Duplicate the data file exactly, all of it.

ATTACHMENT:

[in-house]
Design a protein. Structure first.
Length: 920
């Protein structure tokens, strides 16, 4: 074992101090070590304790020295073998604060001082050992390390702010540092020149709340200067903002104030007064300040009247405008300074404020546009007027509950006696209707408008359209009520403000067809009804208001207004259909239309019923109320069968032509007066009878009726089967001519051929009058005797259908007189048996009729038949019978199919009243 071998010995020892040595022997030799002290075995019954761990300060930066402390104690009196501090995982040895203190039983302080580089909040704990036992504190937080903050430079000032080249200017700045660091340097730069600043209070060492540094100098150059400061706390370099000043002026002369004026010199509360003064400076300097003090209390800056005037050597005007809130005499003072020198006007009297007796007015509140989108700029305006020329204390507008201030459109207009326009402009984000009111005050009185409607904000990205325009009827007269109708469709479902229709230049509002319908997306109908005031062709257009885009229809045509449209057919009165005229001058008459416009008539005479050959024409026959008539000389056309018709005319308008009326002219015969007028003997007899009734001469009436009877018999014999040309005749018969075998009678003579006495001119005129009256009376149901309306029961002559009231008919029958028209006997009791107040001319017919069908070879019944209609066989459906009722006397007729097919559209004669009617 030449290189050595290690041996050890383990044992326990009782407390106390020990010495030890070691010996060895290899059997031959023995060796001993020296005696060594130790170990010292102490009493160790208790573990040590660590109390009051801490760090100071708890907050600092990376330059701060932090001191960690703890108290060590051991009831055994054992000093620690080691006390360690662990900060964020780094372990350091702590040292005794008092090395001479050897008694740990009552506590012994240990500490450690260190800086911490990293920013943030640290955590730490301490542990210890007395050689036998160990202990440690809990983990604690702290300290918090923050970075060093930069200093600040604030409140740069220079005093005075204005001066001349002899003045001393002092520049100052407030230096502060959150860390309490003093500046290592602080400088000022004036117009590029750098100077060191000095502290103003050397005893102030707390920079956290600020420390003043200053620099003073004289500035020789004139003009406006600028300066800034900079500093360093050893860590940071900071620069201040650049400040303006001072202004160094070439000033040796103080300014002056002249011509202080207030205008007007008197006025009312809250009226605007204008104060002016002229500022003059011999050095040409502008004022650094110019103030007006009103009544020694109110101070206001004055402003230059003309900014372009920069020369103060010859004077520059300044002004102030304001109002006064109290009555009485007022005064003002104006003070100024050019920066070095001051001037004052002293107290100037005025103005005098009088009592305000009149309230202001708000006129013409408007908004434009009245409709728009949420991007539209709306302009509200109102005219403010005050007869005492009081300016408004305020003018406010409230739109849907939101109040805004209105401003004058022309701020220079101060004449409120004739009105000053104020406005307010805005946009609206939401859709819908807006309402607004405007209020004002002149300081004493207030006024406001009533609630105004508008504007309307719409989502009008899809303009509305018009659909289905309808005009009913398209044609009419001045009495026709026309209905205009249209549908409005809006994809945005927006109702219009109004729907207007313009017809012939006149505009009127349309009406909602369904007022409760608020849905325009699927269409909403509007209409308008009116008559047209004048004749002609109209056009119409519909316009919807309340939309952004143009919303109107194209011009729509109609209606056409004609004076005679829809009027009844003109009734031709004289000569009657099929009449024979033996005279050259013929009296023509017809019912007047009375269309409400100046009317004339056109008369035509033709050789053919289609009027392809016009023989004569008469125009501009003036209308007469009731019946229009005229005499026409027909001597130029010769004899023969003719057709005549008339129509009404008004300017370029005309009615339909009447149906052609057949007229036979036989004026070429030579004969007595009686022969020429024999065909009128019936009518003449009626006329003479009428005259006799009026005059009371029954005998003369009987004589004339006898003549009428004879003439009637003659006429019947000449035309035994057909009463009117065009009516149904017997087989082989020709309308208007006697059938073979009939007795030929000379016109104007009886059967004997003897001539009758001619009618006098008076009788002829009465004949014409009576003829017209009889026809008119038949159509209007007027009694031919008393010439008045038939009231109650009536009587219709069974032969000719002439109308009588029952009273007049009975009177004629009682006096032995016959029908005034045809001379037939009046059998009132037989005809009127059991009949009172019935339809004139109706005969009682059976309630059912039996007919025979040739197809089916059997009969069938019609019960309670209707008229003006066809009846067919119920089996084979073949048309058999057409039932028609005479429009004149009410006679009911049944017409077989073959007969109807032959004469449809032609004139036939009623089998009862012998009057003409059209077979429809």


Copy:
[in-house]
Design a protein. Structure first.
Length: 920
């Protein structure tokens, strides 16, 4: 074992101090070590304790020295073998604060001082050992390390702010540092020149709340200067903002104030007064300040009247405008300074404020546009007027509950006696209707408008359209009520403000067809009804208001207004259909239309019923109320069968032509007066009878009726089967001519051929009058005797259908007189048996009729038949019978199919009243 071998010995020892040595022997030799002290075995019954761990300060930066402390104690009196501090995982040895203190039983302080580089909040704990036992504190937080903050430079000032080249200017700045660091340097730069600043209070060492540094100098150059400061706390370099000043002026002369004026010199509360003064400076300097003090209390800056005037050597005007809130005499003072020198006007009297007796007015509140989108700029305006020329204390507008201030459109207009326009402009984000009111005050009185409607904000990205325009009827007269109708469709479902229709230049509002319908997306109908005031062709257009885009229809045509449209057919009165005229001058008459416009008539005479050959024409026959008539000389056309018709005319308008009326002219015969007028003997007899009734001469009436009877018999014999040309005749018969075998009678003579006495001119005129009256009376149901309306029961002559009231008919029958028209006997009791107040001319017919069908070879019944209609066989459906009722006397007729097919559209004669009617 030449290189050595290690041996050890383990044992326990009782407390106390020990010495030890070691010996060895290899059997031959023995060796001993020296005696060594130790170990010292102490009493160790208790573990040590660590109390009051801490760090100071708890907050600092990376330059701060932090001191960690703890108290060590051991009831055994054992000093620690080691006390360690662990900060964020780094372990350091702590040292005794008092090395001479050897008694740990009552506590012994240990500490450690260190800086911490990293920013943030640290955590730490301490542990210890007395050689036998160990202990440690809990983990604690702290300290918090923050970075060093930069200093600040604030409140740069220079005093005075204005001066001349002899003045001393002092520049100052407030230096502060959150860390309490003093500046290592602080400088000022004036117009590029750098100077060191000095502290103003050397005893102030707390920079956290600020420390003043200053620099003073004289500035020789004139003009406006600028300066800034900079500093360093050893860590940071900071620069201040650049400040303006001072202004160094070439000033040796103080300014002056002249011509202080207030205008007007008197006025009312809250009226605007204008104060002016002229500022003059011999050095040409502008004022650094110019103030007006009103009544020694109110101070206001004055402003230059003309900014372009920069020369103060010859004077520059300044002004102030304001109002006064109290009555009485007022005064003002104006003070100024050019920066070095001051001037004052002293107290100037005025103005005098009088009592305000009149309230202001708000006129013409408007908004434009009245409709728009949420991007539209709306302009509200109102005219403010005050007869005492009081300016408004305020003018406010409230739109849907939101109040805004209105401003004058022309701020220079101060004449409120004739009105000053104020406005307010805005946009609206939401859709819908807006309402607004405007209020004002002149300081004493207030006024406001009533609630105004508008504007309307719409989502009008899809303009509305018009659909289905309808005009009913398209044609009419001045009495026709026309209905205009249209549908409005809006994809945005927006109702219009109004729907207007313009017809012939006149505009009127349309009406909602369904007022409760608020849905325009699927269409909403509007209409308008009116008559047209004048004749002609109209056009119409519909316009919807309340939309952004143009919303109107194209011009729509109609209606056409004609004076005679829809009027009844003109009734031709004289000569009657099929009449024979033996005279050259013929009296023509017809019912007047009375269309409400100046009317004339056109008369035509033709050789053919289609009027392809016009023989004569008469125009501009003036209308007469009731019946229009005229005499026409027909001597130029010769004899023969003719057709005549008339129509009404008004300017370029005309009615339909009447149906052609057949007229036979036989004026070429030579004969007595009686022969020429024999065909009128019936009518003449009626006329003479009428005259006799009026005059009371029954005998003369009987004589004339006898003549009428004879003439009637003659006429019947000449035309035994057909009463009117065009009516149904017997087989082989020709309308208007006697059938073979009939007795030929000379016109104007009886059967004997003897001539009758001619009618006098008076009788002829009465004949014409009576003829017209009889026809008119038949159509209007007027009694031919008393010439008045038939009231109650009536009587219709069974032969000719002439109308009588029952009273007049009975009177004629009682006096032995016959029908005034045809001379037939009046059998009132037989005809009127059991009949009172019935339809004139109706005969009682059976309630059912039996007919025979040739197809089916059997009969069938019609019960309670209707008229003006066809009846067919119920089996084979073949048309058999057409039932028609005479429009004149009410006679009911049944017409077989073959007969109807032959004469449809032609004139036939009623089998009862012998009057003409059209077979429809």